“They were quicker than eagles and stronger than lions to do their Creator’s will and their Rock’s desire. May our God remember them for good with the other righteous of the world.” (Pre-Musaf prayer, “Av HaRachimim”) 



Yosef Ben Shlomo Hakohen  (See below)


Related Insights and Comments:


1. During the Holocaust, six million Jewish men, women, and children were murdered “because” they were Jews. My Torah teachers from Chareidi communities taught me that these Jews, regardless of their level of belief and observance, were holy martyrs who sanctified the Divine Name. This is because the very existence of our people is to represent the Divine Name; thus, Moshe, our teacher, told our people: “The Name of Hashem is proclaimed over you” (Deuteronomy 28:10).


The Nazis, who represented the epitome of evil, sought to conquer the world; yet, they felt that our small, scattered, and unarmed people were their greatest threat. They understood that our people represent the Divine ideals which they hated. As a result of this hatred, they burned synagogues, Torahs, and all Jewish books. In their view, each Jewish man, woman, and child was a living representative of the “dangerous” ideals which needed to be eliminated from the new Aryan society which would be based on the worship of physical strength and power. My teachers therefore emphasized that the Jews who perished in the Holocaust were holy martyrs. 


2. Rav Mordechai Gifter, the head of the Telshe Yeshiva who passed away about ten years ago, told over the following story which he heard from the children of the Rav of Telshe – a city in Lithuania:


When the Nazis beat the Telshe Rav, they taunted him, saying, “Where is your God, Herr Rabbiner?” The Telshe Rav replied:
 “He is not only my God, He is your God; and the world will yet see this.”


The story from Rav Gifter about the Rav of Telshe appears in the book “Pirkei Torah” (page 254) . This ArtScroll book contains insights and discourses on the weekly Torah portion by Rav Mordechai Gifter. It also contains a transcript of a talk that Rav Gifter gave to Jewish educators on the Holocaust, and in his talk, he referred to the six million Jews who perished as “kedoshim” – holy martyrs.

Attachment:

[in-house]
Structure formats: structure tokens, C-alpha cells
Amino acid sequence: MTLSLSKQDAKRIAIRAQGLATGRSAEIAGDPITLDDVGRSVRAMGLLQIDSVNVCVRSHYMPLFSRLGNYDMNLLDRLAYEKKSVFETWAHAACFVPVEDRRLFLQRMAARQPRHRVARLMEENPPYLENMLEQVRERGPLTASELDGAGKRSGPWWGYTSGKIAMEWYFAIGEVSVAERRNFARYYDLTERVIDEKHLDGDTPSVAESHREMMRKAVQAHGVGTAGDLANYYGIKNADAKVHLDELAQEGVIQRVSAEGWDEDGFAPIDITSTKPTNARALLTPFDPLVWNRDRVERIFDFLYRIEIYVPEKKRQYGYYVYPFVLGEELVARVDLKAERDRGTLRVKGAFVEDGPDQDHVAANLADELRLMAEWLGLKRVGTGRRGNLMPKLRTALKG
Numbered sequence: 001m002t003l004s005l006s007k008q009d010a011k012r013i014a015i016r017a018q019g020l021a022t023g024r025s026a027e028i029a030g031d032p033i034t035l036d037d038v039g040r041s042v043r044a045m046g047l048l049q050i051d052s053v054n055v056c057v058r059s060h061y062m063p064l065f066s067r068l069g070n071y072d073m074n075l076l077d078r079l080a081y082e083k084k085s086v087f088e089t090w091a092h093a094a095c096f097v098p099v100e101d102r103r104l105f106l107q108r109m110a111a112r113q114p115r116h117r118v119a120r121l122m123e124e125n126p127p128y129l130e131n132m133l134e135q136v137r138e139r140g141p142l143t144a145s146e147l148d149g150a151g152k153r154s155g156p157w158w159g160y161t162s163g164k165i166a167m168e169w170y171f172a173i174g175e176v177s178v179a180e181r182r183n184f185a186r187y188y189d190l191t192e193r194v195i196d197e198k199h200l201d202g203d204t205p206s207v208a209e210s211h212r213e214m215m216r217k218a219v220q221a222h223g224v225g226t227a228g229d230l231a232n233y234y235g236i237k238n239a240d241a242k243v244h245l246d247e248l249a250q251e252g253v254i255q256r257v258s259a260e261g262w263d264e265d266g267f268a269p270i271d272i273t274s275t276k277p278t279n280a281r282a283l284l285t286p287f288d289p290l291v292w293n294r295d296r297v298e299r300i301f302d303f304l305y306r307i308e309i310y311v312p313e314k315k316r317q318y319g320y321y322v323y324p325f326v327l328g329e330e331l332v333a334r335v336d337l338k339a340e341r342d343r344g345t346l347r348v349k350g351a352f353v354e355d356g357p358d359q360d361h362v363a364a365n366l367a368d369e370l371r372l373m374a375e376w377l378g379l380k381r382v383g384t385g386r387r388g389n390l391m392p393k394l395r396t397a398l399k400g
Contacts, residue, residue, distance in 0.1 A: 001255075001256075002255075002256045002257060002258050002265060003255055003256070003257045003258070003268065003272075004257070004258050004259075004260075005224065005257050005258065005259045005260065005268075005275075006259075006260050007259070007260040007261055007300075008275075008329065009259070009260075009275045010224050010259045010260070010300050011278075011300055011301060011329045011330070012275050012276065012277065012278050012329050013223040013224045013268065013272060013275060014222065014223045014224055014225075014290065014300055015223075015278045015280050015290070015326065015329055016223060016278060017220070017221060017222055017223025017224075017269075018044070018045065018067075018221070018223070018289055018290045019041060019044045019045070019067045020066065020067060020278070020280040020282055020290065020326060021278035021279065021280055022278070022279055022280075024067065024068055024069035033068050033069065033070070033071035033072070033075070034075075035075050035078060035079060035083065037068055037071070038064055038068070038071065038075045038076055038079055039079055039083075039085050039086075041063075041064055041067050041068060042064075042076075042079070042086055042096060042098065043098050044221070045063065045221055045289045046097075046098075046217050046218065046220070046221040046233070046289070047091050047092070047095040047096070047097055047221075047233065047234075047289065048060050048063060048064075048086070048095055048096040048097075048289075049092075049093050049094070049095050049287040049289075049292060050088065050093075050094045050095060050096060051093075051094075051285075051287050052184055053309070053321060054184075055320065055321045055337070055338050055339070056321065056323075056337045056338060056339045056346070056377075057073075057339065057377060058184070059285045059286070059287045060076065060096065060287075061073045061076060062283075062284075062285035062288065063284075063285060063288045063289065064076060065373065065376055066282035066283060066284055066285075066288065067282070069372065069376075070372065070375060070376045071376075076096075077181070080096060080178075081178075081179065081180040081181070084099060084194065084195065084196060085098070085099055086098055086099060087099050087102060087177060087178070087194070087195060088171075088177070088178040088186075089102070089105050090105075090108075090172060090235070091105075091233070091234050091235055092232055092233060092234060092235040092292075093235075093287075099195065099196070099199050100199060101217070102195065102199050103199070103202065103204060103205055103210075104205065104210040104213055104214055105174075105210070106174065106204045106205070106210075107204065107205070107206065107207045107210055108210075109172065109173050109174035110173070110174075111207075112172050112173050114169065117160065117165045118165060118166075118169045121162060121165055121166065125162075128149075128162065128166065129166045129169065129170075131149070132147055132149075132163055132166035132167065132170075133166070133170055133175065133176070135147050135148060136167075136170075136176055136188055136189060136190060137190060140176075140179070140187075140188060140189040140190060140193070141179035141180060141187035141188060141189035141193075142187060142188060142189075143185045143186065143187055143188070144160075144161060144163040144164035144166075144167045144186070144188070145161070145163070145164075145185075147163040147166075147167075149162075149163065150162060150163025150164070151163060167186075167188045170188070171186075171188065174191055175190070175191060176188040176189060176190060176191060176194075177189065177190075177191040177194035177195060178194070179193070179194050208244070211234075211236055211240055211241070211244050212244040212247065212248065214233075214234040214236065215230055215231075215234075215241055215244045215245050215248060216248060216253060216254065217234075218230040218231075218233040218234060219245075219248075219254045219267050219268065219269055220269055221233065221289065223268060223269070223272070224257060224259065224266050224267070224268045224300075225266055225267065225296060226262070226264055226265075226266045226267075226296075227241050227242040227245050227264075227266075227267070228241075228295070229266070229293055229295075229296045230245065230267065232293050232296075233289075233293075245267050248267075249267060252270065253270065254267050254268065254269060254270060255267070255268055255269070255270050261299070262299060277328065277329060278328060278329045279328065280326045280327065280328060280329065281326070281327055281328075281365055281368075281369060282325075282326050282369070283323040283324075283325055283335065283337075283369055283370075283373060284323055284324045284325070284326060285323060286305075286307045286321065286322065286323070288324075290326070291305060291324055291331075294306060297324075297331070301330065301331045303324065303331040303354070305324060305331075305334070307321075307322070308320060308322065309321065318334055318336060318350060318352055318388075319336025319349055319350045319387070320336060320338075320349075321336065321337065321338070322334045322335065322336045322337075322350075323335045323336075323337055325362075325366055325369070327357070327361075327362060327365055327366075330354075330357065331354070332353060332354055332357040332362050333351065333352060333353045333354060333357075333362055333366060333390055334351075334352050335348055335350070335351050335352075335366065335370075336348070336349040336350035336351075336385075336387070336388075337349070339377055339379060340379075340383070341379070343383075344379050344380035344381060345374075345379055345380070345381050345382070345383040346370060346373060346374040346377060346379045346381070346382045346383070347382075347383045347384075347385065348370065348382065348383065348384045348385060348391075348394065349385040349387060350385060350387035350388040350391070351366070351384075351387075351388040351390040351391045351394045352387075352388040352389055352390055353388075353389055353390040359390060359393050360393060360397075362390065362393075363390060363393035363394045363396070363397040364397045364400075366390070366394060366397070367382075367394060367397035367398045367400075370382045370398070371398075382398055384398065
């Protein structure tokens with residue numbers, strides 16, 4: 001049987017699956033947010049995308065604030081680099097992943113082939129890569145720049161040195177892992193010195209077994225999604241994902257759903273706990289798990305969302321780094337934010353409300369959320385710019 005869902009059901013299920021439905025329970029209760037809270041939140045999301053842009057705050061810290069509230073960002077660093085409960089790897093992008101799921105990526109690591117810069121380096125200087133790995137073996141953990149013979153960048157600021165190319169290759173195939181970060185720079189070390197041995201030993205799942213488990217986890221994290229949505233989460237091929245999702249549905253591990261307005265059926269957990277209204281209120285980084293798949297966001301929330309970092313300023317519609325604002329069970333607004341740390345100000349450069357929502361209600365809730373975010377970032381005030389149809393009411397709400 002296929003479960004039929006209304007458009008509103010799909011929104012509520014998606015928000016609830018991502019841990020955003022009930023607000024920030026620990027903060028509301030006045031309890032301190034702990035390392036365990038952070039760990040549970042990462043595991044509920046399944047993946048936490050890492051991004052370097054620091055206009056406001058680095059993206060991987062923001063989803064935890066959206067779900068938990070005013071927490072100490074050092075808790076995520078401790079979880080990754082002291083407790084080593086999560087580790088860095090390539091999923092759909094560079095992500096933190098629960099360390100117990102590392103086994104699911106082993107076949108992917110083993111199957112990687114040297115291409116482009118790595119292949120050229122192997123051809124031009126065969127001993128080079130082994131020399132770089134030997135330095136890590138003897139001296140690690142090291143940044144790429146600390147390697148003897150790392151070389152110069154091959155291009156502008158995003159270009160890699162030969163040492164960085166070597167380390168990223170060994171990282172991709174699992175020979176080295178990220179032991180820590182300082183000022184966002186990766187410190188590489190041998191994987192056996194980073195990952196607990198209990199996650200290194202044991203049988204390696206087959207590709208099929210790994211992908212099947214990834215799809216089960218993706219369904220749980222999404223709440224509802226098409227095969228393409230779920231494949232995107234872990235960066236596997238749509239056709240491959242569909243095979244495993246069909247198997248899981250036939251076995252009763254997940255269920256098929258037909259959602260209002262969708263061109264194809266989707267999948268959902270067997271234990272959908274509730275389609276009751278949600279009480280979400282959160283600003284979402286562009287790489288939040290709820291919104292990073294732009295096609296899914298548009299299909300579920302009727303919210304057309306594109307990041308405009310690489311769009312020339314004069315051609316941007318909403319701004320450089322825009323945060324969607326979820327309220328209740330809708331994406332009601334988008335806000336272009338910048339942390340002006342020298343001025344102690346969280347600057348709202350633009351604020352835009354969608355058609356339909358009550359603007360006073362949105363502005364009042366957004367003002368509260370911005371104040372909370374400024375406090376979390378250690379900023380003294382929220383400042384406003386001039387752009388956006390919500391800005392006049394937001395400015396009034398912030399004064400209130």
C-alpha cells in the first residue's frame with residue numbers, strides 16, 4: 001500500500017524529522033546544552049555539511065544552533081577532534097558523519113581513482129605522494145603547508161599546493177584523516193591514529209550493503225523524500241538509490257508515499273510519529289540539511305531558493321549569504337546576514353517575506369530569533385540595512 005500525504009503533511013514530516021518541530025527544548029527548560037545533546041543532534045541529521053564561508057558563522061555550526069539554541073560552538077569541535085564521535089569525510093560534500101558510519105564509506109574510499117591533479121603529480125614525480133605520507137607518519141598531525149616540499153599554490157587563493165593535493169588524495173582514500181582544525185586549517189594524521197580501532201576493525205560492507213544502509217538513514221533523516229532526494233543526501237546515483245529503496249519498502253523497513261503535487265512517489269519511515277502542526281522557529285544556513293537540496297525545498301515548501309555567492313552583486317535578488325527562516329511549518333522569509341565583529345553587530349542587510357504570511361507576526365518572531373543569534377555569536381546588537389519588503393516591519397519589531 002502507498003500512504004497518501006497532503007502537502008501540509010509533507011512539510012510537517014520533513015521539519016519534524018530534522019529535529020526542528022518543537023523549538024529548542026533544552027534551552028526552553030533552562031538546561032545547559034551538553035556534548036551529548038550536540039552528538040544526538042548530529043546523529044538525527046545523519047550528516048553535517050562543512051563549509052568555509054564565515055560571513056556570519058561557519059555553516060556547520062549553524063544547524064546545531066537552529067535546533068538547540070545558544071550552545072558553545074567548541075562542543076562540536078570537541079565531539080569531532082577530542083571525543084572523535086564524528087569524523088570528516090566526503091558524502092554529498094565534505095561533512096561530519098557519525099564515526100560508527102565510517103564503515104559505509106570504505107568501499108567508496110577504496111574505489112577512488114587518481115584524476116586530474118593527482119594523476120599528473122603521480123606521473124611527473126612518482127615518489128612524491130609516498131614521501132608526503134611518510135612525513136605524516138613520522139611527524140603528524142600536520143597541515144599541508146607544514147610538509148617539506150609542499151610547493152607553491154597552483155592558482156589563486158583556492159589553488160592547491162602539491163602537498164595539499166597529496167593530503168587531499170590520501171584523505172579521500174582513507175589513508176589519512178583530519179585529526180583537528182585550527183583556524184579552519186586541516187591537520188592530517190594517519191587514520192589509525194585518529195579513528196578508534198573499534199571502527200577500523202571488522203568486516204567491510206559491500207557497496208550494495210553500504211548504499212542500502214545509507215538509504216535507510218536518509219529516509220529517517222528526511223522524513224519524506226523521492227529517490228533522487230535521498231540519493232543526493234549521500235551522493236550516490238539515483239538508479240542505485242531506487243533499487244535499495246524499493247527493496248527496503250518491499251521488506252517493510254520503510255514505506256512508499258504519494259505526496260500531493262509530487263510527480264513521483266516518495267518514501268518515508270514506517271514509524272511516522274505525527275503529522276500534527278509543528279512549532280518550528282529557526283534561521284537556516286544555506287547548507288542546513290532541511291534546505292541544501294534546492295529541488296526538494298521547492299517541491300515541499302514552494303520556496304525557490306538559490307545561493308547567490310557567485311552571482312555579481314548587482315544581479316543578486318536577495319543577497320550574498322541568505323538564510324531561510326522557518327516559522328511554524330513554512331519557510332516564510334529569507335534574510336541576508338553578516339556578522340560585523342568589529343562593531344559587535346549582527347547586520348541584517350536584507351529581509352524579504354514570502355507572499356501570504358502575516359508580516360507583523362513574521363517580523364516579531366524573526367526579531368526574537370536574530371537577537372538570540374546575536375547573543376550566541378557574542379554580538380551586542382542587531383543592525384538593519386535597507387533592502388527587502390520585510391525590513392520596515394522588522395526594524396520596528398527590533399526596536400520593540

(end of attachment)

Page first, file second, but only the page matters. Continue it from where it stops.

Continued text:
3. The stories about the Bais Yaakov students appear in the book, “Rebbitzen Grunfeld” – the life of Judith Grunfeld, courageous pioneer of the Bais Yaacov movement and Jewish rebirth, by Miram Dansky. It is published byArtScroll: www.artscroll.com


4. The story about Rebbitzen Nechama Liba is taken from “Rav Dessler” – a well-written and inspiring biography of Rabbi Eliyahu Dessler. He was a great mussar teacher of the previous generation who studied in the Talmud Torah of Kelm. The author of this biography is Jonathan Rosenblum, and the publisher is ArtScroll. 


5. Rabbanis Esther Farbstein, a noted Chareidi teacher in Jerusalem, has written the following well-researched book which has gotten much public attention: “Hidden in Thunder” – Perspectives on Faith, Halacha and Leadership during the Holocaust. Originally published in Hebrew as Beseiser Ra’am, it was translated into English by Devorah Stern (Jerusalem: Mossad Harav Kook, Feldheim). For information, visit: www.feldheim.com


6. For further information on the Chareidi communities, you can review the letter – “A Chareidi Critique of Secular Zionism” – at the following link, or you can request from me an e-mail copy:
http://www.shemayisrael.com/publicat/hazon/tzedaka/critique.htm  . The magazine mentioned in the letter, the Jewish Observer, is no longer being published; however, there is a new journal of Torah thought which provides a Torah outlook on contemporary issues. It is published in North America by my rebbe, Rav Aharon Feldman, who is head of the Ner Yisrael Yeshiva in Baltimore and a member of the Council of Leading Sages of Agudath Israel of America. I will soon have information on how one can subscribe to this new journal.